Brand-new Towers of Despair in the Sheraton Club
    You can’t explain that

  2. Breaks my heart. I used to truly enjoy reading TPG, but after they decided to just breathlessly be PR for Bonvoy and any other travel related company, I just don’t trust them any longer.

  3. Sheratons and Marriott are on the steady trajectory from bad to worth especially in US. Right now I would gladly accept the daily credit from Hilton rather than hoping for a free breakfast from Marriott.

  4. I have been travel, for over a year now again and yet to have a sheraton that has a Sheraton club, and all have been closed.

  5. Quick hits:
    1) I still like TPG
    2) What are lounges? (Tongue planted firmly in cheek)
    3) Bonvoy, Hilton, WoH better realize, the elites are still out there and when we start traveling again at a 2019 level we’re going to vote with our pocketbook.

  6. I am not a frequent traveler but have had a place in my heart for what I consider to be my “other” home, the Sheraton Centre in Toronto where I was taken on a family trip when I was 17 and the hotel was relatively new. WHile others went sightseeing I was more than content to enjoy the environment of the hotel inside and out. It was rare for me to partake of the club level, but I did once in a while get to enjoy the stunning views and food. IN past years, since 9/11 when I found pups were welcome in the hotel, I have opted to drive rather than fly, and stay on a different lower level as the temptation to go in the lounge with my pup would be too great, but when given the opportunity, there was no issue with my taking a small plate of goodies back to my room for both of us to share. Fond memories that will stay with me. It’s a shame that the SHeraton we knew is changing and not for the better. Maybe it would be better to have a way guests could pay an additional fee for access and better quality food. Of course there will always be those who take advantage and pig out so to speak…but there has to be a better way rather than closing lounges and diminishing the offerings of those that do exist.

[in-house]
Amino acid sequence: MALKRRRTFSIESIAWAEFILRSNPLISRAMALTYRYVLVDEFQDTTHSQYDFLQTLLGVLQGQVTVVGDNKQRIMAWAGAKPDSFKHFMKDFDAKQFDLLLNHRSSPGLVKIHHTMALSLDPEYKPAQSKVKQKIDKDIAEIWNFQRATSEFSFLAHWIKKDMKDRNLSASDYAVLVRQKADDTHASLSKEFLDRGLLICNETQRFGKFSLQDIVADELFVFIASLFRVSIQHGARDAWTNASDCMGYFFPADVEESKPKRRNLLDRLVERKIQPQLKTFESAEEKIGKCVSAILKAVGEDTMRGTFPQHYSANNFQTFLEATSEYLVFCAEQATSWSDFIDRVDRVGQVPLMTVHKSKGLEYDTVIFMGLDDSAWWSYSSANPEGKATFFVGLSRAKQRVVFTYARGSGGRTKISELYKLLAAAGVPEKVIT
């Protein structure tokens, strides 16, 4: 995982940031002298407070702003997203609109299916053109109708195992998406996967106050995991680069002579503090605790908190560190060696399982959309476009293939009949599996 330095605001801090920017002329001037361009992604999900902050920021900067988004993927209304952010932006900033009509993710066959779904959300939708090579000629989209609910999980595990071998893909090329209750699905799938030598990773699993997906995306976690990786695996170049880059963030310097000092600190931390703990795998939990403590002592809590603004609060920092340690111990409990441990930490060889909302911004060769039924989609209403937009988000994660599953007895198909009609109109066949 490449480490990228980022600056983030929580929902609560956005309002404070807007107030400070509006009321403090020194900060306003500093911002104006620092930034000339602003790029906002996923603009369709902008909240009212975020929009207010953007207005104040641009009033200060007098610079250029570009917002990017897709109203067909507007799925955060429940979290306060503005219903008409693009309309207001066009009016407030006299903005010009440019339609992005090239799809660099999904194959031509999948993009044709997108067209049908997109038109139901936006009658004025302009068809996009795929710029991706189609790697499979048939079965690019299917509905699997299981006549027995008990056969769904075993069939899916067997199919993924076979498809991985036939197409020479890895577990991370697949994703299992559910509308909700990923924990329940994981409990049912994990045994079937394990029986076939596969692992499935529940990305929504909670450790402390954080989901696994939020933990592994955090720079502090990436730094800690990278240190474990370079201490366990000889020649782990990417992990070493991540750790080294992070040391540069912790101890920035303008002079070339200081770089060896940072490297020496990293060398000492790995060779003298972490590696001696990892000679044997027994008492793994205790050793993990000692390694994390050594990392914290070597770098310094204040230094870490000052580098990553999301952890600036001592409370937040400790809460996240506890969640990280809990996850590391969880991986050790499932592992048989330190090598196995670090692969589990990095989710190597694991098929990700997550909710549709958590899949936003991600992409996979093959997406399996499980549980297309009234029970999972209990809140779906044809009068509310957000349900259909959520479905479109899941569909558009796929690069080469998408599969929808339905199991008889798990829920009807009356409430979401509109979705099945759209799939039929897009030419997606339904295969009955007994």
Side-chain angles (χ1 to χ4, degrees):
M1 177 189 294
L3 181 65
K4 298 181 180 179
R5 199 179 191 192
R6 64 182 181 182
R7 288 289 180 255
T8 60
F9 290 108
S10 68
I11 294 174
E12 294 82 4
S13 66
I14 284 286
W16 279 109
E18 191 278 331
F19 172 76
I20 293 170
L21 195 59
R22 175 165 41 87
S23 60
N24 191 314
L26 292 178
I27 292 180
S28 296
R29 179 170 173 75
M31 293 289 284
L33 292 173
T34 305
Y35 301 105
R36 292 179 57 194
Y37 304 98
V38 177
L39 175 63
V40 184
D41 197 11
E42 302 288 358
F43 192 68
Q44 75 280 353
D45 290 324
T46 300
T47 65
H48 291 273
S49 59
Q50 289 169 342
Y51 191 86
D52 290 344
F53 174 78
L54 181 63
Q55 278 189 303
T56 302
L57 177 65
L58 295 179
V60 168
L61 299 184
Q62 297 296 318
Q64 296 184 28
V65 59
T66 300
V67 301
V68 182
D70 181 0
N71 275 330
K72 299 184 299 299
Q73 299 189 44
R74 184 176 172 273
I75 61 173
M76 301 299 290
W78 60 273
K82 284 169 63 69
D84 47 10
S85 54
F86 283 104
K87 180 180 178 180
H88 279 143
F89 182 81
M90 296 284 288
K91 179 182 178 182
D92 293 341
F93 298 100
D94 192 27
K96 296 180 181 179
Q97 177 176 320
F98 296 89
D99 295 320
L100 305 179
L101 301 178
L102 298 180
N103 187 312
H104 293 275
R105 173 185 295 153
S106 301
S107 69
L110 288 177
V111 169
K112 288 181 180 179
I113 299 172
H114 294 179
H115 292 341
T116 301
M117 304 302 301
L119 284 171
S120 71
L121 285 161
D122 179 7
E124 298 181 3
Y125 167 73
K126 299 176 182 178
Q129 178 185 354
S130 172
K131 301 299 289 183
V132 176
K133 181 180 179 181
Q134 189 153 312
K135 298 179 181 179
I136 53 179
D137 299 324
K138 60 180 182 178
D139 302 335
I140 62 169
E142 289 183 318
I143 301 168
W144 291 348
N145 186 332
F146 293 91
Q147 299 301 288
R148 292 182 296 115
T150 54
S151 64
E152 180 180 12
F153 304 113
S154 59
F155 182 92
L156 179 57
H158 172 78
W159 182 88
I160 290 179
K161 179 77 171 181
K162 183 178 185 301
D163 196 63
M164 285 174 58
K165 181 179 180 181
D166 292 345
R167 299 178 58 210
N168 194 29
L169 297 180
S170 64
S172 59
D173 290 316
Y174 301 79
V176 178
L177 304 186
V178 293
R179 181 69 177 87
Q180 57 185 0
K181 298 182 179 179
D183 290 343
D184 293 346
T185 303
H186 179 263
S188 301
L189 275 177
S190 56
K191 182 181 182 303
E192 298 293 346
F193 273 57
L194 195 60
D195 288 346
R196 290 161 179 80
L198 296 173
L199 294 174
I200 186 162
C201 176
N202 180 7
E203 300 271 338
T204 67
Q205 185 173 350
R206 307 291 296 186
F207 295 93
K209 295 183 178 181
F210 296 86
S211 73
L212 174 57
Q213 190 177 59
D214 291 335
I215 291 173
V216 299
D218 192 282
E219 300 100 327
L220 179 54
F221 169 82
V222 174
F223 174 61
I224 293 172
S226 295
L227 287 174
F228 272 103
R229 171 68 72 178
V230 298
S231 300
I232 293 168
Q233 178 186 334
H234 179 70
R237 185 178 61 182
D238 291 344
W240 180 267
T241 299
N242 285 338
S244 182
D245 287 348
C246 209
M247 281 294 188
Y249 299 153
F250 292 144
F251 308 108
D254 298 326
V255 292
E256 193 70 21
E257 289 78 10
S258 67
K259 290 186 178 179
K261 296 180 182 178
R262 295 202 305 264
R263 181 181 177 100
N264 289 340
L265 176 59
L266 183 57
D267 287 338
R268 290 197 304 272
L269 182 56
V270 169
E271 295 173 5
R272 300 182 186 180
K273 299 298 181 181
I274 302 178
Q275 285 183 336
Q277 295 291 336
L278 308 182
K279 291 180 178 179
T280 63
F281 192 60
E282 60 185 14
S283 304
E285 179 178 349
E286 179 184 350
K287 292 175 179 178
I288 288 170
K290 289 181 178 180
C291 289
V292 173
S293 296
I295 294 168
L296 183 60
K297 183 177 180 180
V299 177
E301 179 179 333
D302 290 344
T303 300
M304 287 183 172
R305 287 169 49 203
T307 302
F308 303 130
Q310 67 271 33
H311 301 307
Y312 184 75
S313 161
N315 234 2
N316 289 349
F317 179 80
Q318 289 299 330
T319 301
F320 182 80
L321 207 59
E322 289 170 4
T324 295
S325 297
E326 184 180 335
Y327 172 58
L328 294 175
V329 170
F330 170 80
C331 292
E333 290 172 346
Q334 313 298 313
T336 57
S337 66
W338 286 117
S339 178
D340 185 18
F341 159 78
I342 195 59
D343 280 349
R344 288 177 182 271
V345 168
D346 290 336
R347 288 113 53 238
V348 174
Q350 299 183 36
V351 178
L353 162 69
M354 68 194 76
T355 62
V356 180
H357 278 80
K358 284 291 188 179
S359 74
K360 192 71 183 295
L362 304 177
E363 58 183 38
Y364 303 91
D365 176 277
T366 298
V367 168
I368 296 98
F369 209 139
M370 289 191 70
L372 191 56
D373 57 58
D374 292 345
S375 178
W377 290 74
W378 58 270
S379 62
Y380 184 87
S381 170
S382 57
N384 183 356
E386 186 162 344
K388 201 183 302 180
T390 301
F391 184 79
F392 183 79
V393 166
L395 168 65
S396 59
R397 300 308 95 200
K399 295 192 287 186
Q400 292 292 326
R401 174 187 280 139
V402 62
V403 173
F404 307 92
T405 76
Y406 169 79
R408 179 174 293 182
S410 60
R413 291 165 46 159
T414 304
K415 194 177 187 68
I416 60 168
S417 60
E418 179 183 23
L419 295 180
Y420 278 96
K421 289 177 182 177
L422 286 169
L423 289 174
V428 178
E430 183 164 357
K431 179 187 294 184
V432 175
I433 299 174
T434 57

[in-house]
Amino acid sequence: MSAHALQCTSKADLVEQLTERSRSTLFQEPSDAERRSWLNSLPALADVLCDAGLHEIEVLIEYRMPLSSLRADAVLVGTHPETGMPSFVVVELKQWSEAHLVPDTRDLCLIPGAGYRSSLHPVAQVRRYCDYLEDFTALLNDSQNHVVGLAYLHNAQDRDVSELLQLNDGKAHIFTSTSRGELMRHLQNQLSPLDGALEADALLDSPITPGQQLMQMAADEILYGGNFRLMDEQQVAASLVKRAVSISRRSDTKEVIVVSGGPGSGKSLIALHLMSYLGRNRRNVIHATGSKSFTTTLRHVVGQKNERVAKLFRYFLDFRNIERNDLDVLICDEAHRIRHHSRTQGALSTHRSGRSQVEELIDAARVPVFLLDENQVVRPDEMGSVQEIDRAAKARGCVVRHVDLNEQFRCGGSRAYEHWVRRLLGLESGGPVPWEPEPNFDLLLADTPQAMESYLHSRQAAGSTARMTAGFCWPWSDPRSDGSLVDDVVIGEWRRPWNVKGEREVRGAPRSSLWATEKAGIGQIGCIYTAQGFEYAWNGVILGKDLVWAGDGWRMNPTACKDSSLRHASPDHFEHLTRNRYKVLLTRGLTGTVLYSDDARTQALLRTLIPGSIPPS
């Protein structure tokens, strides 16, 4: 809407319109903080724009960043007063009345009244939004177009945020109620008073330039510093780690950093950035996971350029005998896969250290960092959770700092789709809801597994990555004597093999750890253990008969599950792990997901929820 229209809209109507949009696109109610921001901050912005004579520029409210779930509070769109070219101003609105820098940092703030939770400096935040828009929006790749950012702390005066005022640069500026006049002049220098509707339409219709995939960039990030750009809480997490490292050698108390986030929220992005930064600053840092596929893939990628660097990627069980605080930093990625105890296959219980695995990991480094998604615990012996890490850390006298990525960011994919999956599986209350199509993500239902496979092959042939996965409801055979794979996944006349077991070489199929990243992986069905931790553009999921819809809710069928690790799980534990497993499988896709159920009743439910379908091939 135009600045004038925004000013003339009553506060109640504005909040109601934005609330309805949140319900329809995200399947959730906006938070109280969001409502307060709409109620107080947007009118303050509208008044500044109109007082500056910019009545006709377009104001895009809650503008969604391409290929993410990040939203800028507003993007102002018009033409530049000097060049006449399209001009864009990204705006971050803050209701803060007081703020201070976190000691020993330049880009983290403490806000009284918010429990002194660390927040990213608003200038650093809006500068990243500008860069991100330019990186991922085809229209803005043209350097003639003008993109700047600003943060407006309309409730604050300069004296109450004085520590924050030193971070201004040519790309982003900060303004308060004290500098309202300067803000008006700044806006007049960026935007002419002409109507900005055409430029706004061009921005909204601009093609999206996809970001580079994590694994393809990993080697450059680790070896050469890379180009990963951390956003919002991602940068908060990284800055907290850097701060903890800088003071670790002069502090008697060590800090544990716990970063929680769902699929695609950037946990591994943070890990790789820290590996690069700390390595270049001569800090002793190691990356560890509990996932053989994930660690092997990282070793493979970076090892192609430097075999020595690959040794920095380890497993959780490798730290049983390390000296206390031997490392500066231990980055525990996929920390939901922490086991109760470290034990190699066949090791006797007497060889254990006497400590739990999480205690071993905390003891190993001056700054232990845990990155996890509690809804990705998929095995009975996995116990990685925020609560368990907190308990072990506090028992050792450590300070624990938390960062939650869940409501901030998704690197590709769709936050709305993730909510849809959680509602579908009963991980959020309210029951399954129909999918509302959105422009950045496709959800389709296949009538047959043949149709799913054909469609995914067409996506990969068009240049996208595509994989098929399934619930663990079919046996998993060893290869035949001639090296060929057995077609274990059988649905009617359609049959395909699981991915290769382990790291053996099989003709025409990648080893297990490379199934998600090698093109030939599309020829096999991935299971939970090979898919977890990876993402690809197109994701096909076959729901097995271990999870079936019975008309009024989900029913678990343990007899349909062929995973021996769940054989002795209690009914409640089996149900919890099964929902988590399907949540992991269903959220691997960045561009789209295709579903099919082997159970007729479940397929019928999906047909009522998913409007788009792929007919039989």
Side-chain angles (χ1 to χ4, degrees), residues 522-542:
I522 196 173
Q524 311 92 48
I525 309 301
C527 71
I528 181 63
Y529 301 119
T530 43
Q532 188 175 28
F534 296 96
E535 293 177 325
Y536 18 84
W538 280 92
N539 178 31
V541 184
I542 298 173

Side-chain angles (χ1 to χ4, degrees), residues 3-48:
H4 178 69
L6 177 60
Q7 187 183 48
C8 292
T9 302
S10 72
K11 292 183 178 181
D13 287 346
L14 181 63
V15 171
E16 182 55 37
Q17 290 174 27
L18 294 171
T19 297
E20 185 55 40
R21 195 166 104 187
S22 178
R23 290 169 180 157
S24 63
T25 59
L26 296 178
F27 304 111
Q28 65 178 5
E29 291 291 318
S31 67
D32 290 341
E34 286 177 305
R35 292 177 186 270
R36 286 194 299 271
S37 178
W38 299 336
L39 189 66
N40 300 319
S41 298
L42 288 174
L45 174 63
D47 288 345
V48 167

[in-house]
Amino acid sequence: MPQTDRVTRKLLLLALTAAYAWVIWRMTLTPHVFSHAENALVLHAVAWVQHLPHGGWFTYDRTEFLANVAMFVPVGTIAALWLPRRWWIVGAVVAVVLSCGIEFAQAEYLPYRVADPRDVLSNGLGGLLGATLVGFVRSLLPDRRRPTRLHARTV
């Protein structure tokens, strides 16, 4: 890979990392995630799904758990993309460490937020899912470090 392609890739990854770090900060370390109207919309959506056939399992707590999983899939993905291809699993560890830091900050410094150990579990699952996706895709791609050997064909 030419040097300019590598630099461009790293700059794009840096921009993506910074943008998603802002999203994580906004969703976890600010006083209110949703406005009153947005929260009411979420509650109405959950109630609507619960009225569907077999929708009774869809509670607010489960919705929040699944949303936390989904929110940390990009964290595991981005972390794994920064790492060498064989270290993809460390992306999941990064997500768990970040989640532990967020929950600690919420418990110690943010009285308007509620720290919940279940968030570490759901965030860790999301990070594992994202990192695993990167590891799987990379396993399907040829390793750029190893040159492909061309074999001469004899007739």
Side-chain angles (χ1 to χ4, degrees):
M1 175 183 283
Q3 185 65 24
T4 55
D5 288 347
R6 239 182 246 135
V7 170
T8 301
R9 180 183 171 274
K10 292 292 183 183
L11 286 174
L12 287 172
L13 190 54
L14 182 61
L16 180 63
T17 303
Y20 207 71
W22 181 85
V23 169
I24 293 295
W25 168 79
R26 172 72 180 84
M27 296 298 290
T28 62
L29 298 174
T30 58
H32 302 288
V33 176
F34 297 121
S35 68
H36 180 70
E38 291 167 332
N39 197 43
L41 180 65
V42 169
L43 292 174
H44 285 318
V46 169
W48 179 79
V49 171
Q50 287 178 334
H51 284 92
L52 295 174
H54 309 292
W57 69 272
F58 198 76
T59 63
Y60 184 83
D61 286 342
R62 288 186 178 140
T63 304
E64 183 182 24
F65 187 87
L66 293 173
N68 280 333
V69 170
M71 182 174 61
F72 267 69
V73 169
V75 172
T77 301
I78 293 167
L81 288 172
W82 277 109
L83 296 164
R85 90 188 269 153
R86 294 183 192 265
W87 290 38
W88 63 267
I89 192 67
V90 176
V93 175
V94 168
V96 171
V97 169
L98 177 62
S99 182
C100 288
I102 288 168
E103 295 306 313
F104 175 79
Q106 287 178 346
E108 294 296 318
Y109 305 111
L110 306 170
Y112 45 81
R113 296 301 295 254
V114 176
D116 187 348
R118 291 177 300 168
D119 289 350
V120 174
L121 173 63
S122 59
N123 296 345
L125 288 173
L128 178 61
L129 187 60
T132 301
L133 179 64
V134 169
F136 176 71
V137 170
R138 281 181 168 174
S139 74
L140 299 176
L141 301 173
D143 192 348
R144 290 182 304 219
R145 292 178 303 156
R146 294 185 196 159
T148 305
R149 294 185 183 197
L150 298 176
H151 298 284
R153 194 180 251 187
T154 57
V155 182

7. I don’t know about anyone else but I am sick of hearing how Marriott is diminishing the value of being a loyal customer especially someone who grew up in DC many years ago and knew the family. Clearly the current management don’t stand for the values Willard then Bill strived for oh so many years it made being loyal easy. However todays management makes me wish I hadn’t been so damn loyal ( over 4300 room nights, yes I’m old !).

    Sad to see an iconic brand slowly spilling downward. The hotel owners and managers are more worried about a few eggs and pieces of bacon than their guest.